Magnum’s constant companion through all eight seasons is his 1911A1 pistol, brought home from his service in Vietnam. While the role of his gun is that of a military issue 1911A1 in .45 Automatic, the actor gun was in fact a 9x19mm Para Series 70 commercial Colt. This is obvious in the shots that show Magnum loading his 1911, as the magazines have the characteristic vertical crease of 9mm 1911 magazines. According to the propmaster, this Hollywood sleight of hand was required as they had difficulty getting a .45 ACP 1911 functioning correctly with blank cartridges.
Colt first offered the 1911 in 9mm in the early 1950s in a shorter barreled, aluminum framed variant that was designed for a U.S. Army requirement that never materialized, and became known as the Commander in Colt’s commercial catalog. Also chambered in .45 ACP and .38 Super Auto, the 9mm Commander provided all the engineering pieces for Colt to release a full-sized 9mm steel framed 1911A1 in the 1970s with the Series 70 revamp. While not a popular choice in the heat of the caliber wars of the time, when it was perceived that the 9mm offered less “stopping power” than the .45, 9mm 1911s have enjoyed a recent resurgence in popularity as shooters find the mild recoil and less expensive ammunition appealing.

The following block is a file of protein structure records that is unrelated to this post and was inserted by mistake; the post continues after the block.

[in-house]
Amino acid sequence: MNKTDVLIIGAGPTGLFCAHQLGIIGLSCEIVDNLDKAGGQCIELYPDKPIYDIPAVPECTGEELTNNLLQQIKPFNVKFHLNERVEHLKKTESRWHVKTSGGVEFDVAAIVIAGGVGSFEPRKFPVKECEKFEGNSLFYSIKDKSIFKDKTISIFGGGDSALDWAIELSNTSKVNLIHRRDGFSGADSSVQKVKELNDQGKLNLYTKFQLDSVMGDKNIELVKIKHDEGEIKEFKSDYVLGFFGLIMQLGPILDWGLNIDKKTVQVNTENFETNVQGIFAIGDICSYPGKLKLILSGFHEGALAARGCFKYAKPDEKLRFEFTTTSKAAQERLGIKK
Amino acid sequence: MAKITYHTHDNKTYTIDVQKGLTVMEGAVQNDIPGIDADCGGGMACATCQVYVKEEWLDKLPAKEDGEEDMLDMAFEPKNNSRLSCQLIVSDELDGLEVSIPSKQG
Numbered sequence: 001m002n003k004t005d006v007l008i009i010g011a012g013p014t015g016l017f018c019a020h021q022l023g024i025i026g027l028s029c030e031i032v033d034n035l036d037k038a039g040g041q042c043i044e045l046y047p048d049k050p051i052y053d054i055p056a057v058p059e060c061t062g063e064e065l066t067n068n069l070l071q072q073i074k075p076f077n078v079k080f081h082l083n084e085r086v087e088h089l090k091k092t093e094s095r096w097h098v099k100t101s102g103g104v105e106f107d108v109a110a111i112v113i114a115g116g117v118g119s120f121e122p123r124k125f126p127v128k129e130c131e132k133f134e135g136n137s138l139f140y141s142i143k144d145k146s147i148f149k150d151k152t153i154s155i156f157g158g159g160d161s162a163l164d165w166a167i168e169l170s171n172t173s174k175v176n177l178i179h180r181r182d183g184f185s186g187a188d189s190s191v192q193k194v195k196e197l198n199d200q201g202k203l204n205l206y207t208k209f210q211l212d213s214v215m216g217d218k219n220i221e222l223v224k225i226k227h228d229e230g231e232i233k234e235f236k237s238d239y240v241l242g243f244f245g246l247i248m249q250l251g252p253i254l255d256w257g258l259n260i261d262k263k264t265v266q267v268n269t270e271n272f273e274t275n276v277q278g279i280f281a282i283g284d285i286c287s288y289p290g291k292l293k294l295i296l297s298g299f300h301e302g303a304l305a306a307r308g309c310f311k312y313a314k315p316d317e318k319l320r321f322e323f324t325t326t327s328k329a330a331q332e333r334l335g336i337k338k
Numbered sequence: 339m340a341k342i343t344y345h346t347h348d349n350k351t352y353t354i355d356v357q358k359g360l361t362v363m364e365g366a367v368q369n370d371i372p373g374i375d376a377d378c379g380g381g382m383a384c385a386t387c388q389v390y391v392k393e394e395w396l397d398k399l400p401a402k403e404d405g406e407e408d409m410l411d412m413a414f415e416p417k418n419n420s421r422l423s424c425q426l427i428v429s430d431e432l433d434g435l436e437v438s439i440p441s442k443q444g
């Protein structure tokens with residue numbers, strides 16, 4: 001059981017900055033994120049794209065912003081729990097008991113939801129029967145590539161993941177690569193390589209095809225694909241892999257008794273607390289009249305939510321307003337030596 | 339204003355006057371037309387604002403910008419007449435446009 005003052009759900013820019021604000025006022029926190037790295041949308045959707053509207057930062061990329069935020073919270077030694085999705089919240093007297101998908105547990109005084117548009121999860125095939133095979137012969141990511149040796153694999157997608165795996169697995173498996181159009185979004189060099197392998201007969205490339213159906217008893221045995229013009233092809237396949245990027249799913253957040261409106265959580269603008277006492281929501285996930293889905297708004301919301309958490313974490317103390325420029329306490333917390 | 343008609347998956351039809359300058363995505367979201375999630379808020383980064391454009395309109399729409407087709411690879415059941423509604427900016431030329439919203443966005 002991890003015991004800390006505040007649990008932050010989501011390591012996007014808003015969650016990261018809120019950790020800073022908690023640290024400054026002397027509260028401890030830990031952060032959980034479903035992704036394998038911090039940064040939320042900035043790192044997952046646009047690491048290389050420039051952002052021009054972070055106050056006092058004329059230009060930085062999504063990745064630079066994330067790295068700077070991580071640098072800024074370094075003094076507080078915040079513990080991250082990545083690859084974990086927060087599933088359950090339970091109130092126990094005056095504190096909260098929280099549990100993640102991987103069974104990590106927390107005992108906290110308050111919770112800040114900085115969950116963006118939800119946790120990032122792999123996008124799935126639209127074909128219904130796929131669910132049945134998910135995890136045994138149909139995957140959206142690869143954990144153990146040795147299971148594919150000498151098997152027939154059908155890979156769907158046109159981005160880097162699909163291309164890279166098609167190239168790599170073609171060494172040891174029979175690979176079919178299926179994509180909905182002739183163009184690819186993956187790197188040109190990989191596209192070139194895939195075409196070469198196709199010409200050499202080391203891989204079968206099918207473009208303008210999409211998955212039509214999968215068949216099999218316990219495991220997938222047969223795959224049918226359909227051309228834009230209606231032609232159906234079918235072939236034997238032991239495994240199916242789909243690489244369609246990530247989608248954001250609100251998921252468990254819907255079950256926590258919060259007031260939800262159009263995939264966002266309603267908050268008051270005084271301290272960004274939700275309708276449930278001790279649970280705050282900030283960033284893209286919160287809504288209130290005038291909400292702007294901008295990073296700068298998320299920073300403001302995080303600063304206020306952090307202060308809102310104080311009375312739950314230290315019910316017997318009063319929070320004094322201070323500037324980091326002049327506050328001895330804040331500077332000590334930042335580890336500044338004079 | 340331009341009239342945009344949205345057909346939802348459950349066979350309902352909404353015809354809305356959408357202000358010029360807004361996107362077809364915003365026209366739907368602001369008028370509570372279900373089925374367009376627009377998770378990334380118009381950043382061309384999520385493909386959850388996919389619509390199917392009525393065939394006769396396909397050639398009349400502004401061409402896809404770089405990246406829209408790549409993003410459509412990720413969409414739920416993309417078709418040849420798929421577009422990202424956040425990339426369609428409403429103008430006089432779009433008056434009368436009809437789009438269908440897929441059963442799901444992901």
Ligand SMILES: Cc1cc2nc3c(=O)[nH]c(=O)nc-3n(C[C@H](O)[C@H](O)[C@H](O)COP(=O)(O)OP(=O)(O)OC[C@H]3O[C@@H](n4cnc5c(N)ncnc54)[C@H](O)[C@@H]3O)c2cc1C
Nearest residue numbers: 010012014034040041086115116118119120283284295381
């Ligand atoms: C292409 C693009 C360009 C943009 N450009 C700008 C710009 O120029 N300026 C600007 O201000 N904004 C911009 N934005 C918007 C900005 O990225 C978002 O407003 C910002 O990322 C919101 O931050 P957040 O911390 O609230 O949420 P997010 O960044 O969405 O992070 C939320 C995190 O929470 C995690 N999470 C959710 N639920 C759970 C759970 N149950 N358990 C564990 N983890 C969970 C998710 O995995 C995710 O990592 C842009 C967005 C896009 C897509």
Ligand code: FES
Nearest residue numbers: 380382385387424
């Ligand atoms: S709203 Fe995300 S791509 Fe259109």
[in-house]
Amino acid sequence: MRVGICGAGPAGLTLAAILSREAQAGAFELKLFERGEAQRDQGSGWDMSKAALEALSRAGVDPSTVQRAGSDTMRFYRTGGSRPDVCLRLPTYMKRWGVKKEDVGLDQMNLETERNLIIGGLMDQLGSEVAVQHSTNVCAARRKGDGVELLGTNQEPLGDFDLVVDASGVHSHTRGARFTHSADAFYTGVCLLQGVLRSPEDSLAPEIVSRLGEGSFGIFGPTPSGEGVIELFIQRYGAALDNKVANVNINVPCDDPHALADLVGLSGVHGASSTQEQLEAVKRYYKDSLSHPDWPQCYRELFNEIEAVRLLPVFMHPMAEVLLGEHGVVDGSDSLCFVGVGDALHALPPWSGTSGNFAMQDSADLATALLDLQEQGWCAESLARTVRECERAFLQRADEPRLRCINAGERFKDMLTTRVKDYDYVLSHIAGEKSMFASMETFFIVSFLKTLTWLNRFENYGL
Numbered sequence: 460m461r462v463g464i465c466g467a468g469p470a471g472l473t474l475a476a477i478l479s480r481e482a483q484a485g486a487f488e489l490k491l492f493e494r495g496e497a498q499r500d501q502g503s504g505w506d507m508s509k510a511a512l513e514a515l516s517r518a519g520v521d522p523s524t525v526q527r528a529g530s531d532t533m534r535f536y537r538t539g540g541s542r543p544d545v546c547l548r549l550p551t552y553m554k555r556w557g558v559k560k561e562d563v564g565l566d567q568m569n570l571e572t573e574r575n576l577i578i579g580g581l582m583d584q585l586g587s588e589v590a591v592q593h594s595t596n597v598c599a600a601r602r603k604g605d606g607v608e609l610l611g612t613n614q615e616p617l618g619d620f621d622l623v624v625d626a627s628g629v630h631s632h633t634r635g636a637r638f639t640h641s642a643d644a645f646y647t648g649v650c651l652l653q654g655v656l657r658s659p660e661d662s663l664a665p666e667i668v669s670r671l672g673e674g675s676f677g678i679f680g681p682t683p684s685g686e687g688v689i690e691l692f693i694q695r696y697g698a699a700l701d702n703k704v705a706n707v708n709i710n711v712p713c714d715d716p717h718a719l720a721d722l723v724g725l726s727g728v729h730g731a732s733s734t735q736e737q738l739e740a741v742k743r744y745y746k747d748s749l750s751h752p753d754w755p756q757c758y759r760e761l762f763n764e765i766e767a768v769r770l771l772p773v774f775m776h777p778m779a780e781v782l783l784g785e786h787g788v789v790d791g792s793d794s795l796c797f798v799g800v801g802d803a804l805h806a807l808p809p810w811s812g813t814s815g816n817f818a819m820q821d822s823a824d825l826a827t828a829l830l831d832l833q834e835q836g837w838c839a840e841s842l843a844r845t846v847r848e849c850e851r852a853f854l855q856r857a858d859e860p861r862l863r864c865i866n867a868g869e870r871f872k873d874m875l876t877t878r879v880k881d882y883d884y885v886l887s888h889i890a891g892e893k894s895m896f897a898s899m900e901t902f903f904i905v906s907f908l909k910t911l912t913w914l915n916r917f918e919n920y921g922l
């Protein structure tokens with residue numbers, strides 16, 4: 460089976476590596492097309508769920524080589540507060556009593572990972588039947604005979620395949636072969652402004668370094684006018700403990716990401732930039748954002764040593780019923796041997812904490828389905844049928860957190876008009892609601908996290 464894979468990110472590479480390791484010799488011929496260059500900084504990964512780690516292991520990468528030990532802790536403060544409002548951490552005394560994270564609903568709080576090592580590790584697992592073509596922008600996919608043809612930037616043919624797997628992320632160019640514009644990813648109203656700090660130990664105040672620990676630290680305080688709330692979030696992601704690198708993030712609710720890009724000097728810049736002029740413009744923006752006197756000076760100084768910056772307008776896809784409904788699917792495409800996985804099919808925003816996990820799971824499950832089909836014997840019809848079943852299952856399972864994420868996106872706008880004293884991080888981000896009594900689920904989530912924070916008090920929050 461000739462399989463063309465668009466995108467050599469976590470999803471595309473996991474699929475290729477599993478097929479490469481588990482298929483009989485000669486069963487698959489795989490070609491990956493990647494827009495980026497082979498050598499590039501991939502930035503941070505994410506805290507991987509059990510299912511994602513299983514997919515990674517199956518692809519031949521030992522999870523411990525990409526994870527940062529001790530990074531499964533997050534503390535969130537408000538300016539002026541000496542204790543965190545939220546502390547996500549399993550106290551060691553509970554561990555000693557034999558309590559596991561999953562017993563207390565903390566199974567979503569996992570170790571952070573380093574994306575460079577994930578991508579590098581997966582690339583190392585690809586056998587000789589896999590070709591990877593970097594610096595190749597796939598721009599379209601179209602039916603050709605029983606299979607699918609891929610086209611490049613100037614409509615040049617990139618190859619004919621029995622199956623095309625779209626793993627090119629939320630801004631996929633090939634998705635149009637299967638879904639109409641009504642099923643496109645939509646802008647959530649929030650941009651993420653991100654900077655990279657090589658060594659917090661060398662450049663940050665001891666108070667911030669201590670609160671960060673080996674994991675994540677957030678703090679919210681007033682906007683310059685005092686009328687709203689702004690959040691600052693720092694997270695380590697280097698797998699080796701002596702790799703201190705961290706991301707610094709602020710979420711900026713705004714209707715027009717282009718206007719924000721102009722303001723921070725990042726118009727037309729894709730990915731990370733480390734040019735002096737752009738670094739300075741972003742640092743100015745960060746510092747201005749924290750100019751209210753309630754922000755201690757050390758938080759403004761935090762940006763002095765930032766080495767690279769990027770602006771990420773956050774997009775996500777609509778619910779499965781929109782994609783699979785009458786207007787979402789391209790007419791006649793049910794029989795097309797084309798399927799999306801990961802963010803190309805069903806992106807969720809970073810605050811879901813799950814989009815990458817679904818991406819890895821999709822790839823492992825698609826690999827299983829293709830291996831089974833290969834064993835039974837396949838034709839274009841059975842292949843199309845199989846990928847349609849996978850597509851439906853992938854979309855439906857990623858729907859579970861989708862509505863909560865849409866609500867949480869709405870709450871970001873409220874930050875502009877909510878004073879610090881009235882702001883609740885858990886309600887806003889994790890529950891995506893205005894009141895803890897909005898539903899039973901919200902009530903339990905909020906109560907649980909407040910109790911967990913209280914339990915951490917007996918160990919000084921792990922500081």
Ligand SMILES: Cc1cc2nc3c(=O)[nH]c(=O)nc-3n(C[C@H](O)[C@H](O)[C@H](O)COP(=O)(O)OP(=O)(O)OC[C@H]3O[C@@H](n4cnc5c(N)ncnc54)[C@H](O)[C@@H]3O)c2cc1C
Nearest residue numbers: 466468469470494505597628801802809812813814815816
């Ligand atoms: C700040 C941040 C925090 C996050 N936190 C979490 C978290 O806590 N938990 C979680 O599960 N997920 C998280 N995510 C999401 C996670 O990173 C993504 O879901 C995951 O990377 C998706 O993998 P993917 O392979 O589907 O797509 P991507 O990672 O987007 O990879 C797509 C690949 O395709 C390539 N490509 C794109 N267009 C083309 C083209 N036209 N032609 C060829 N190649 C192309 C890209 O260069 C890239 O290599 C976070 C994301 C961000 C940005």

Although Tom Selleck famously preferred to do most of his own stunts, a professional stuntman was still occasionally called in. Similarly, observant pistol buffs will note that in a few scenes Magnum’s 1911 is played by a Spanish Star Model B 9mm pistol. Introduced in 1928, the Model B generally resembled the 1911 in size, shape and operation, but had several detail differences. Most obvious are the lack of a hinged grip safety and an extractor bar visible to the rear of the ejection port. Production ended in 1983, but the Model B was popular both with foreign militaries and the domestic American civilian market, and used copies are available for shooters looking for an inexpensive alternative to a 9mm 1911.